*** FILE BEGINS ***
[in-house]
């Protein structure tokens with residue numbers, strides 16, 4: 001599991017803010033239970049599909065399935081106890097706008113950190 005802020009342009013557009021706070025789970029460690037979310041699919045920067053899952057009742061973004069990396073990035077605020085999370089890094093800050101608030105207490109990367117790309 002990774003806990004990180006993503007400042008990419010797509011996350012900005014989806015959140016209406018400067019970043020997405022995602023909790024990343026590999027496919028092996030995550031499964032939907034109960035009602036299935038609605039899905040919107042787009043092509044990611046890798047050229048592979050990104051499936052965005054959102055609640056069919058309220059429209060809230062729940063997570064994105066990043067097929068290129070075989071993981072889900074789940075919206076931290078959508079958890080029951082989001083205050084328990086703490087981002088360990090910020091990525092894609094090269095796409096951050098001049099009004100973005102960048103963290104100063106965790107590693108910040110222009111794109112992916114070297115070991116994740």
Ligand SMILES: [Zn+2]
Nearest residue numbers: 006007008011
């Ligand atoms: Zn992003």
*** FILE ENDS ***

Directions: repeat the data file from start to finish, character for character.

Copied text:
[in-house]
């Protein structure tokens with residue numbers, strides 16, 4: 001599991017803010033239970049599909065399935081106890097706008113950190 005802020009342009013557009021706070025789970029460690037979310041699919045920067053899952057009742061973004069990396073990035077605020085999370089890094093800050101608030105207490109990367117790309 002990774003806990004990180006993503007400042008990419010797509011996350012900005014989806015959140016209406018400067019970043020997405022995602023909790024990343026590999027496919028092996030995550031499964032939907034109960035009602036299935038609605039899905040919107042787009043092509044990611046890798047050229048592979050990104051499936052965005054959102055609640056069919058309220059429209060809230062729940063997570064994105066990043067097929068290129070075989071993981072889900074789940075919206076931290078959508079958890080029951082989001083205050084328990086703490087981002088360990090910020091990525092894609094090269095796409096951050098001049099009004100973005102960048103963290104100063106965790107590693108910040110222009111794109112992916114070297115070991116994740």
Ligand SMILES: [Zn+2]
Nearest residue numbers: 006007008011
């Ligand atoms: Zn992003």